Britain will become Europe’s greatest naval power again after a £16.5billion boost to defence spending, Boris Johnson vowed yesterday.
The Prime Minister said he would ‘restore Britain’s position’ as the ruler of the waves rather than allow the UK to ‘curl up in our island and leave the task to our friends’.
Billions of pounds of the extra defence cash would go towards the next generation of warships, including advanced new Type 32 frigates which will be armed with lasers.
France has 23 warships, comprising 11 destroyers, 11 frigates and its nuclear-powered aircraft carrier Charles de Gaulle – currently more than the UK.
Billions of pounds of the extra defence cash would go towards the next generation of warships, including advanced new Type 32 frigates which will be armed with lasers
But Royal Navy sources were keen to point out that many of its ships are ‘old’ and small, adding that with the addition of approximately five new Type 32 frigates, the UK will have 26 warships by the 2030s.
A Navy source said: ‘If you look at the list of the French ships, some of those are getting on for 20 years old. This is going to be the most modern fleet in Europe.’
In a speech to the Commons yesterday, Mr Johnson said: ‘We shall use our extra defence spending to restore Britain’s position as the foremost naval power in Europe, taking forward our plans for eight Type 26 and five Type 31 frigates, and support ships to supply our carriers.
‘We are going to develop the next generation of warships, including multi-role research vessels and Type 32 frigates.
Britain will become Europe’s greatest naval power again after a £16.5billion boost to defence spending, Boris Johnson vowed yesterday
‘And this will spur a renaissance of British shipbuilding across the UK – in Glasgow and Rosyth, Belfast, Appledore and Birkenhead – guaranteeing jobs and illuminating the benefits of the Union in the white light of the arc welder’s torch.’
He added: ‘If there was one policy which strengthens the UK in every possible sense, it is building more ships for the Royal Navy.’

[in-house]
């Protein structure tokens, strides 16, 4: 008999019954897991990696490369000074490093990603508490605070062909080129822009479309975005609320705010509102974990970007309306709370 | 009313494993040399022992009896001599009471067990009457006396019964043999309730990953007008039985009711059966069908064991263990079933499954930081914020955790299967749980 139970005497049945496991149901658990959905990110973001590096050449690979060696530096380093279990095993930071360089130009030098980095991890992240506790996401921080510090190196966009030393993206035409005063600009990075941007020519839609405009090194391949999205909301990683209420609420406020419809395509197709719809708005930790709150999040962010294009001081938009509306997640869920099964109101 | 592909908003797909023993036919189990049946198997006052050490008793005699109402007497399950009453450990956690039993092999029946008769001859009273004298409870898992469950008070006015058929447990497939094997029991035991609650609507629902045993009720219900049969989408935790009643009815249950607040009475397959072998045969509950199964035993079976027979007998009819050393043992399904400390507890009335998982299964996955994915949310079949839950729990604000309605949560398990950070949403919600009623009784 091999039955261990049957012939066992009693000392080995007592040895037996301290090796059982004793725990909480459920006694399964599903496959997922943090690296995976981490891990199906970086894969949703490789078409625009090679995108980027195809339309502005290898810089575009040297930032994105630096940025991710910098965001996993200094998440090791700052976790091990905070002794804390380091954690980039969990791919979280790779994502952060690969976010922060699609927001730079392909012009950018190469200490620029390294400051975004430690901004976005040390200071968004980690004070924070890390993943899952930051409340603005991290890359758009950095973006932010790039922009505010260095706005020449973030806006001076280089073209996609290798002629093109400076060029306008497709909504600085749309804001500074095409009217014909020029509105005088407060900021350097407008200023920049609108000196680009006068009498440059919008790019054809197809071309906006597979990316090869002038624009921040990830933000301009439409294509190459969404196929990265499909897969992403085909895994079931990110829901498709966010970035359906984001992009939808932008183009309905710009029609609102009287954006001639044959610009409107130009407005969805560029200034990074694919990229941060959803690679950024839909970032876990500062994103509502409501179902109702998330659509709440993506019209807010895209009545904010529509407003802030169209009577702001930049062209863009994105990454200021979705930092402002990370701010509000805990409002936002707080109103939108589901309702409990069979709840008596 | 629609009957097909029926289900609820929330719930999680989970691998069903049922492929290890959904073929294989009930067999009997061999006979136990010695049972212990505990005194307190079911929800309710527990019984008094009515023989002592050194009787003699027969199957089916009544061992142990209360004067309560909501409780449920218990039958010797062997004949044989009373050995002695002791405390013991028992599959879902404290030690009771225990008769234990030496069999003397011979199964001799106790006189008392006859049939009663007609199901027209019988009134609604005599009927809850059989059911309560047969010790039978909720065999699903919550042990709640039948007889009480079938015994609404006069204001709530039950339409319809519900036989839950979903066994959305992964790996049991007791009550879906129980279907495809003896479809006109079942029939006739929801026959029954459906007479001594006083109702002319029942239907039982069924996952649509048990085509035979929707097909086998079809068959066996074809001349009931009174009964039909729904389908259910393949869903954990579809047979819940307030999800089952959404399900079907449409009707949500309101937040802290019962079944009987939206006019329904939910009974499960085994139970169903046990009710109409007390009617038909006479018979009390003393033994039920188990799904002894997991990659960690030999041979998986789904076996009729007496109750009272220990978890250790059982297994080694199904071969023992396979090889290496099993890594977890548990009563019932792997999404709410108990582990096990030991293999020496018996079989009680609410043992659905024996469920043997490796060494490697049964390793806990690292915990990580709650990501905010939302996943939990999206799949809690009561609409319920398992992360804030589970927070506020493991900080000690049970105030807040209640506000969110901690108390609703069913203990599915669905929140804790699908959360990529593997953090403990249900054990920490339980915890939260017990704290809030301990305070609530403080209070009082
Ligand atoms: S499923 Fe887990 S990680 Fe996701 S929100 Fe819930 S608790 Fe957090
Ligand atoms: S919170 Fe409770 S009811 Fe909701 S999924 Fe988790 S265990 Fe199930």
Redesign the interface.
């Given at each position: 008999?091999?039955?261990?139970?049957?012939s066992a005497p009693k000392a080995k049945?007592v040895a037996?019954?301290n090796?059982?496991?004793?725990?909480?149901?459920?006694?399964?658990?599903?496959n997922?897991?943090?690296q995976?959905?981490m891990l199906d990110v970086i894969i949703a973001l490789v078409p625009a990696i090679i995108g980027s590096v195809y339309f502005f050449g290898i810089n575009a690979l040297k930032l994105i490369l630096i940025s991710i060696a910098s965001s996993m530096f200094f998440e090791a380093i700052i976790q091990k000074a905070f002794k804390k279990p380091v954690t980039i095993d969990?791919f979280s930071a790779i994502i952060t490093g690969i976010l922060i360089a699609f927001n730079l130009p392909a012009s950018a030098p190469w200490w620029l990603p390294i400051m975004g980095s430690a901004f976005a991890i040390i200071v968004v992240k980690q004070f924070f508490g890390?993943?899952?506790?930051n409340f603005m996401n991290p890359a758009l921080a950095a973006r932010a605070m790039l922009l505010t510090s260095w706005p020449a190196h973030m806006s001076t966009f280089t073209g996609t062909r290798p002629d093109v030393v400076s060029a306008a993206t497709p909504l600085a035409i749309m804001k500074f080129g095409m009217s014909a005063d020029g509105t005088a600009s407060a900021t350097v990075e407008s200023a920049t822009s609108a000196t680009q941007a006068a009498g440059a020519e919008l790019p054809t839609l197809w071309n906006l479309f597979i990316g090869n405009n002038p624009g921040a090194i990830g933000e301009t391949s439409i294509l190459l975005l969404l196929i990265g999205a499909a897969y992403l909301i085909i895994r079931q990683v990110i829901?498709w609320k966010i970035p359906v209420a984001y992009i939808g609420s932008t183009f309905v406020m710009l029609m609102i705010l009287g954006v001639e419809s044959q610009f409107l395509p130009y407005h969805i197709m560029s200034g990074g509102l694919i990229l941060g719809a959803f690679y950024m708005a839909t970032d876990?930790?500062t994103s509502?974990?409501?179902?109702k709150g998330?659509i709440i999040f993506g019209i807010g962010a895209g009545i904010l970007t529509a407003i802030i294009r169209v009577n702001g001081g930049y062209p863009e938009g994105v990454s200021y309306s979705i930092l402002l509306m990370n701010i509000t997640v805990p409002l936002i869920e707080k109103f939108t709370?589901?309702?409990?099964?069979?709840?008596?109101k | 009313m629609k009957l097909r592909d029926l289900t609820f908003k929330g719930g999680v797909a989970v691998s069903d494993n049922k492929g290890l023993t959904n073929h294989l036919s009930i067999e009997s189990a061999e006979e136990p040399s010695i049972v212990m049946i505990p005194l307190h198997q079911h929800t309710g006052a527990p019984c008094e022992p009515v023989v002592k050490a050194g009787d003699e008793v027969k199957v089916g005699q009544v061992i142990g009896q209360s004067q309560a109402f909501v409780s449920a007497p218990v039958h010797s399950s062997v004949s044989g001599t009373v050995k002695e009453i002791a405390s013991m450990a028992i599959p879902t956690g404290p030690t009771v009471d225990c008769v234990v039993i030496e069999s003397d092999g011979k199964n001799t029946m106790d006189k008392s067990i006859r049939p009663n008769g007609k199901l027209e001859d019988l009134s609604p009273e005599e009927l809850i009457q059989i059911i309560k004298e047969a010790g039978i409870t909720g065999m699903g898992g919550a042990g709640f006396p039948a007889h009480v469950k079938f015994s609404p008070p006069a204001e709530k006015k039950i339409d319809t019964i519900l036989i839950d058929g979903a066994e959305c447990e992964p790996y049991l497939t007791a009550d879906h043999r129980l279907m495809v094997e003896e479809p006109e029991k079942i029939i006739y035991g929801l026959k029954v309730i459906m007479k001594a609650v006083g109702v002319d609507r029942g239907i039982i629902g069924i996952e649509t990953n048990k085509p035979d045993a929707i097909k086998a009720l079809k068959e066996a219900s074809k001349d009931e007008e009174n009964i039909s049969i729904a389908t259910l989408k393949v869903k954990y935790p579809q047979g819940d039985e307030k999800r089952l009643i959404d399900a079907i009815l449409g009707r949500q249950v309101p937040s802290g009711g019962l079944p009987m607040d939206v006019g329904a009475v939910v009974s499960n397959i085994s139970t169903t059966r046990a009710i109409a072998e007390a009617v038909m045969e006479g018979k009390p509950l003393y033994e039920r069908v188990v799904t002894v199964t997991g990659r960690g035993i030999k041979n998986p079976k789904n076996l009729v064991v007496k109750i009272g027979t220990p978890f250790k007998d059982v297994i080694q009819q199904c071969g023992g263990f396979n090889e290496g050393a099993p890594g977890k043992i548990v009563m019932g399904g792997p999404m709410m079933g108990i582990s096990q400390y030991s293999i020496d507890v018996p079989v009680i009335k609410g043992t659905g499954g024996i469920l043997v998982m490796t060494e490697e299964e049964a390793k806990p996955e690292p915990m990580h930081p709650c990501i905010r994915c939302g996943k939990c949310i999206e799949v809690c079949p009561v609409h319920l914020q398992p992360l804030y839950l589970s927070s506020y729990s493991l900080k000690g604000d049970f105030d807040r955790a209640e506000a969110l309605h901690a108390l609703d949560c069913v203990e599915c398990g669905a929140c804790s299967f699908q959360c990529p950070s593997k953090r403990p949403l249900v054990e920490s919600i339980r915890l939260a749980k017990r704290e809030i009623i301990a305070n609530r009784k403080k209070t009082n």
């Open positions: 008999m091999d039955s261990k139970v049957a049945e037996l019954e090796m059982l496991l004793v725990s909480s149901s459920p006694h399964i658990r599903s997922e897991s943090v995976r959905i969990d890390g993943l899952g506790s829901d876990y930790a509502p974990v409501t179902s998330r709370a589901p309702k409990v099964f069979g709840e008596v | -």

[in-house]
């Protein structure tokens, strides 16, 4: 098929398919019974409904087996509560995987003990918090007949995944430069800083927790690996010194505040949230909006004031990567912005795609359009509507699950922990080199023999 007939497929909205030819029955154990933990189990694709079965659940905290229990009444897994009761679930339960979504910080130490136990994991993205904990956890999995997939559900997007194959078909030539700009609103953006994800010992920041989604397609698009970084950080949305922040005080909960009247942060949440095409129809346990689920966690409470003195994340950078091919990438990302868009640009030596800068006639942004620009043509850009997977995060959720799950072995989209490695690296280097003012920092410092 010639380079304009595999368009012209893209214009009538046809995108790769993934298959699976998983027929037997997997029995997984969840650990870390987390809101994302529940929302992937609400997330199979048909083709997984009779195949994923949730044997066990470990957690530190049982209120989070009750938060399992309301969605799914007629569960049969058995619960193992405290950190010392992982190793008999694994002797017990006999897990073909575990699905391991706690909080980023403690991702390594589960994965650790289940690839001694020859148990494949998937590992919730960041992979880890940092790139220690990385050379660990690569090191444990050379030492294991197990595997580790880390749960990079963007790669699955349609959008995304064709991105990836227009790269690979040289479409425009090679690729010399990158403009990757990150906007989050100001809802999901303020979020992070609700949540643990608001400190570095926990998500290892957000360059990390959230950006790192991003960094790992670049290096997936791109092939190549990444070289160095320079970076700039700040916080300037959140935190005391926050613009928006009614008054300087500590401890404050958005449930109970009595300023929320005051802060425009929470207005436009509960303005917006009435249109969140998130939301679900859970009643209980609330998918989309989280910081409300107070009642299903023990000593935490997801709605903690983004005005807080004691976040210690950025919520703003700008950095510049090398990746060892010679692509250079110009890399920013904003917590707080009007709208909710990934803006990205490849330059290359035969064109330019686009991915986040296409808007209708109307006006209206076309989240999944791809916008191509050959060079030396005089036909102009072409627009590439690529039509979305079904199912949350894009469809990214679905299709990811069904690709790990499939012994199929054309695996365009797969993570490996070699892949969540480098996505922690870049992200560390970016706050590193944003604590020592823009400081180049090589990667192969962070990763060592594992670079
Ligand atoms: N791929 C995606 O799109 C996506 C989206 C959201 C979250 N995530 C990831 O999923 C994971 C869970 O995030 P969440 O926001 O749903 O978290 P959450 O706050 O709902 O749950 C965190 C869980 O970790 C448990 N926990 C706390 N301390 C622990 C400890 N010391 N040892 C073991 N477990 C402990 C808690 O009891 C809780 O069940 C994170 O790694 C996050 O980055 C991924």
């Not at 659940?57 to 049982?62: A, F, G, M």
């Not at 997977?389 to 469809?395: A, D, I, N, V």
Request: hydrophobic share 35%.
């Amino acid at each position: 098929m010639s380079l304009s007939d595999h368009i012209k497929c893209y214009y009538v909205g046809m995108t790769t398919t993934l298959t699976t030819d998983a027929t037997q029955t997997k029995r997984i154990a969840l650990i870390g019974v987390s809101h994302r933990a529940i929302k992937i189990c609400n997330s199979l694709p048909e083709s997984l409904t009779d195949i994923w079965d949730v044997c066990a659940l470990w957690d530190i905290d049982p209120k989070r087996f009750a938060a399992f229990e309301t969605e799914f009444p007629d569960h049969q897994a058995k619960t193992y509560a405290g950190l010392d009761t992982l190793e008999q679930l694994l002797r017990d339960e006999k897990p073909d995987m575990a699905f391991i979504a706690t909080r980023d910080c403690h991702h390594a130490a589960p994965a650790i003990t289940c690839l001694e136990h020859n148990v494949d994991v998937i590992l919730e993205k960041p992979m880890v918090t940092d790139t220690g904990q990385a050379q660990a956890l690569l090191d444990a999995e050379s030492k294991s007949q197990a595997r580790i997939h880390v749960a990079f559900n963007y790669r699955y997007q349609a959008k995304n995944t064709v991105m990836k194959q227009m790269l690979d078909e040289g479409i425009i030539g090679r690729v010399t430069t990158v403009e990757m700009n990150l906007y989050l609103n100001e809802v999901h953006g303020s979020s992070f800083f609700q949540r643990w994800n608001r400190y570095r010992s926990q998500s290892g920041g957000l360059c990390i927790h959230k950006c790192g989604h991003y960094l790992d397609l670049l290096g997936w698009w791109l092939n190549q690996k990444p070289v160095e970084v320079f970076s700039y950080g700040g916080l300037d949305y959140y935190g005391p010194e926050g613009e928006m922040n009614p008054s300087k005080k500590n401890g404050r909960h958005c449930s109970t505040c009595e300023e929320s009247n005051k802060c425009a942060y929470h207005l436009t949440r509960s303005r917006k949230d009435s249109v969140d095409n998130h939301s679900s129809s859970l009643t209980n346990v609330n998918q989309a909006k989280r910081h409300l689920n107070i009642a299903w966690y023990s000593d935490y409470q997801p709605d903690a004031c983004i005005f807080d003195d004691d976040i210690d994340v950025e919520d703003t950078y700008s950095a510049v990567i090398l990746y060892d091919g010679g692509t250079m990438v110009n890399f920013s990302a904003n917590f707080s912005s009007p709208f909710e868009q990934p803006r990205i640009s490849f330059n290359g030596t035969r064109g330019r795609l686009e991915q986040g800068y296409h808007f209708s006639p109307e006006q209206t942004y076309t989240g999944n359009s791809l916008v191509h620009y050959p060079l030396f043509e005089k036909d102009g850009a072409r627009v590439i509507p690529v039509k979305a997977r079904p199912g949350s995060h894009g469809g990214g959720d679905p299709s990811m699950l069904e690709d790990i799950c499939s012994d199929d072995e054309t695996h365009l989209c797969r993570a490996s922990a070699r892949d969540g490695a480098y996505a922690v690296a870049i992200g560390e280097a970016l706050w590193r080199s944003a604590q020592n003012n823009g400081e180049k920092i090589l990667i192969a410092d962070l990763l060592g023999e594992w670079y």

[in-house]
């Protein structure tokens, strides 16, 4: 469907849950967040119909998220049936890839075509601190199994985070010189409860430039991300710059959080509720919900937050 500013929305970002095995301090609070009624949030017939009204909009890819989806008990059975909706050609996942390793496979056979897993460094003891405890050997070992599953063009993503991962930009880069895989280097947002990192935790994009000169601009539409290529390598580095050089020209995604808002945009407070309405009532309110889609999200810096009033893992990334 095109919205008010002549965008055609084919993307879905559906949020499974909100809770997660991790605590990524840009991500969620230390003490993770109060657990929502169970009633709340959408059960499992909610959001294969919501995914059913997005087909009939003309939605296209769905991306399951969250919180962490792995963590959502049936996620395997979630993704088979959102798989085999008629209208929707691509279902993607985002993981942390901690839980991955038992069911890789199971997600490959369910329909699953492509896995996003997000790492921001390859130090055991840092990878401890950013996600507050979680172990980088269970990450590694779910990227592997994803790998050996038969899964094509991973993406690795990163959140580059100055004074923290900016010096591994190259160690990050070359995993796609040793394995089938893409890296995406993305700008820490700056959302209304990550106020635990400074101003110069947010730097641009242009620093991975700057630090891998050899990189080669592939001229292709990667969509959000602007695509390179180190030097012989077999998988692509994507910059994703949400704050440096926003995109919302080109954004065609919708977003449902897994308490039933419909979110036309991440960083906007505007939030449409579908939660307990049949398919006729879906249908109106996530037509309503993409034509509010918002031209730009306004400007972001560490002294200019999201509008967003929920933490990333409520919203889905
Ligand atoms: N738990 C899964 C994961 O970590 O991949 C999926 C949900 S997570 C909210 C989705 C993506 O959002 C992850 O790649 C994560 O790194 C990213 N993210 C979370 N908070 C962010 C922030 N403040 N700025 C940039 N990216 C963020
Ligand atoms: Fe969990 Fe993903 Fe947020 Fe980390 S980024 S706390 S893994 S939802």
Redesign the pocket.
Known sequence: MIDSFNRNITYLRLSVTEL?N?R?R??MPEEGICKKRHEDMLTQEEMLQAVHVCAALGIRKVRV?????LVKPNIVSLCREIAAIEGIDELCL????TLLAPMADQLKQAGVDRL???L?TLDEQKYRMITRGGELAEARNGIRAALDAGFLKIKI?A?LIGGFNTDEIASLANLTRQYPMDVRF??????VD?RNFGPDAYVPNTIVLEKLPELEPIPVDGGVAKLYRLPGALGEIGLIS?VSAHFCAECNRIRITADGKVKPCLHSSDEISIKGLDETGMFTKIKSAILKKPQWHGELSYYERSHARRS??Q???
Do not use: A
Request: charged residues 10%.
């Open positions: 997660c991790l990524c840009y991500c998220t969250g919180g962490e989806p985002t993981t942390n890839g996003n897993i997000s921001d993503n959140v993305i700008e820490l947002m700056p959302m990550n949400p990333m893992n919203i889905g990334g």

Defence spending is to increase by £16.5billion above the Tories’ manifesto commitment over four years.
The Government had already pledged to raise spending by 0.5 per cent above inflation for every year of this parliament. The total amounts to £24.1billion more.
Mr Johnson said both Britain’s new aircraft carriers, which cost £6.2billion in total, will be operational in 2023, with HMS Queen Elizabeth heading to the Indian Ocean and East Asia next year.
‘We shall forward deploy more of our naval assets in the world’s most important regions, protecting the shipping lanes that supply our nation,’ he told MPs.
Outlining a futuristic vision for the Armed Forces, the PM also said the warships will carry lasers which will make ammunition redundant.
He said: ‘Our warships and combat vehicles will carry ‘directed energy weapons’, destroying targets with inexhaustible lasers and for them the phrase ‘out of ammunition’ will become redundant.’
Billions of pounds will be poured into a space centre amid soaring threats from Russia and China and also a new cyber centre made up of troops and spies.
The new RAF Space Command will launch British satellites and the country’s first rocket from Scotland in 2022.
General Sir Nick Carter, the Chief of the Defence Staff, welcomed the cash injection, saying it would be ‘madness’ if the UK did not spend more on space.
Asked why there had been a renewed focus on the Navy, Sir Nick suggested that the UK, which is set to be free of European Union rules next year, could play an increased part in policing global trade routes.
‘We are a maritime power, we are an island,’ he said.
‘And we also depend to a huge degree on the global economy and the global economy moves by sea, the majority of it, when we are talking of fixed goods.
Mr Johnson said both Britain’s new aircraft carriers, which cost £6.2billion in total, will be operational in 2023, with HMS Queen Elizabeth (pictured) heading to the Indian Ocean and East Asia next year.
‘And of course the global economy has to move through some narrow straits and we have seen over the last 15 to 20 years the challenge of piracy but what we don’t want to see is our ability to move on those ‘global commons’ [oceans] being limited.’
Andy Smith, director of pressure group Defence UK, said that although the extra investment was welcome, it must not be ‘soaked up’ by space and cyber demands.
He warned of ‘serious conventional capability gaps across our Armed Forces, the result of decades of under-resourcing as well as poor procurement decisions’.
Admiral Lord West, former head of the Navy, said: ‘We will all be safer because of [this spending]. A strong navy is good for stability and hence our wealth and security.’
But sources warned that the Ministry of Defence was not in a ‘utopia’ and there will still be cuts to come.